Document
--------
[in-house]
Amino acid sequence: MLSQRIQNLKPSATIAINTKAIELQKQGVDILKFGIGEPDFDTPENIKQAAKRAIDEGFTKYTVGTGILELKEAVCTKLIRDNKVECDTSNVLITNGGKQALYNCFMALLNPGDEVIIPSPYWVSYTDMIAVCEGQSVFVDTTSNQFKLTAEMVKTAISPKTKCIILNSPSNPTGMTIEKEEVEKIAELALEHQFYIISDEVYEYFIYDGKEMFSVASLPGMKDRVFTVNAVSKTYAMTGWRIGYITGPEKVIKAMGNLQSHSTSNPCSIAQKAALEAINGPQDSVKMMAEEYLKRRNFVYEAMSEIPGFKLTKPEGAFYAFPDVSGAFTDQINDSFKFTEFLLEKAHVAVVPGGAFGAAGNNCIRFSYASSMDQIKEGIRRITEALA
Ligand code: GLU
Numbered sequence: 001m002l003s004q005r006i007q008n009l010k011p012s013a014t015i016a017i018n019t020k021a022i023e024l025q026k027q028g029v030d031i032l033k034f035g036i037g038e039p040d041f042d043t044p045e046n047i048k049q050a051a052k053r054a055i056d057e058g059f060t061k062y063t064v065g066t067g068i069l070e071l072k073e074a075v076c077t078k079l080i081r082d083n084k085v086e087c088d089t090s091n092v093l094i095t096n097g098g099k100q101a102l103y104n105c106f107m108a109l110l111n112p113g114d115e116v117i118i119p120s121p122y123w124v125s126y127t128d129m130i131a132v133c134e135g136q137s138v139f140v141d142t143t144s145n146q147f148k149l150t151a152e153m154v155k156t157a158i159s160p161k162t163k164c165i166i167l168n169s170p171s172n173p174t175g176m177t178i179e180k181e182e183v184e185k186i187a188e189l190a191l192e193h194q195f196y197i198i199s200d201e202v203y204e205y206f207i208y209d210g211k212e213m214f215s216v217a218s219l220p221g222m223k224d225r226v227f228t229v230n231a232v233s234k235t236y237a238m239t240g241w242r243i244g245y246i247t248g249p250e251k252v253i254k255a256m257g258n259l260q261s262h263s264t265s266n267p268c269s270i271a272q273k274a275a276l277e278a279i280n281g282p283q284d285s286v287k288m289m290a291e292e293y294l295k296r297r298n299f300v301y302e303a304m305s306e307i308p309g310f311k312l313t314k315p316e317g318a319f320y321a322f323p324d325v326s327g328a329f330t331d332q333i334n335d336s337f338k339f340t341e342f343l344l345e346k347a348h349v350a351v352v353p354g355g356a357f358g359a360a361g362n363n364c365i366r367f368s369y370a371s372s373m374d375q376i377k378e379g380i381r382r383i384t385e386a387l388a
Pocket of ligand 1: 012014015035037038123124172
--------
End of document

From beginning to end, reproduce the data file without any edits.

[in-house]
Amino acid sequence: MLSQRIQNLKPSATIAINTKAIELQKQGVDILKFGIGEPDFDTPENIKQAAKRAIDEGFTKYTVGTGILELKEAVCTKLIRDNKVECDTSNVLITNGGKQALYNCFMALLNPGDEVIIPSPYWVSYTDMIAVCEGQSVFVDTTSNQFKLTAEMVKTAISPKTKCIILNSPSNPTGMTIEKEEVEKIAELALEHQFYIISDEVYEYFIYDGKEMFSVASLPGMKDRVFTVNAVSKTYAMTGWRIGYITGPEKVIKAMGNLQSHSTSNPCSIAQKAALEAINGPQDSVKMMAEEYLKRRNFVYEAMSEIPGFKLTKPEGAFYAFPDVSGAFTDQINDSFKFTEFLLEKAHVAVVPGGAFGAAGNNCIRFSYASSMDQIKEGIRRITEALA
Ligand code: GLU
Numbered sequence: 001m002l003s004q005r006i007q008n009l010k011p012s013a014t015i016a017i018n019t020k021a022i023e024l025q026k027q028g029v030d031i032l033k034f035g036i037g038e039p040d041f042d043t044p045e046n047i048k049q050a051a052k053r054a055i056d057e058g059f060t061k062y063t064v065g066t067g068i069l070e071l072k073e074a075v076c077t078k079l080i081r082d083n084k085v086e087c088d089t090s091n092v093l094i095t096n097g098g099k100q101a102l103y104n105c106f107m108a109l110l111n112p113g114d115e116v117i118i119p120s121p122y123w124v125s126y127t128d129m130i131a132v133c134e135g136q137s138v139f140v141d142t143t144s145n146q147f148k149l150t151a152e153m154v155k156t157a158i159s160p161k162t163k164c165i166i167l168n169s170p171s172n173p174t175g176m177t178i179e180k181e182e183v184e185k186i187a188e189l190a191l192e193h194q195f196y197i198i199s200d201e202v203y204e205y206f207i208y209d210g211k212e213m214f215s216v217a218s219l220p221g222m223k224d225r226v227f228t229v230n231a232v233s234k235t236y237a238m239t240g241w242r243i244g245y246i247t248g249p250e251k252v253i254k255a256m257g258n259l260q261s262h263s264t265s266n267p268c269s270i271a272q273k274a275a276l277e278a279i280n281g282p283q284d285s286v287k288m289m290a291e292e293y294l295k296r297r298n299f300v301y302e303a304m305s306e307i308p309g310f311k312l313t314k315p316e317g318a319f320y321a322f323p324d325v326s327g328a329f330t331d332q333i334n335d336s337f338k339f340t341e342f343l344l345e346k347a348h349v350a351v352v353p354g355g356a357f358g359a360a361g362n363n364c365i366r367f368s369y370a371s372s373m374d375q376i377k378e379g380i381r382r383i384t385e386a387l388a
Pocket of ligand 1: 012014015035037038123124172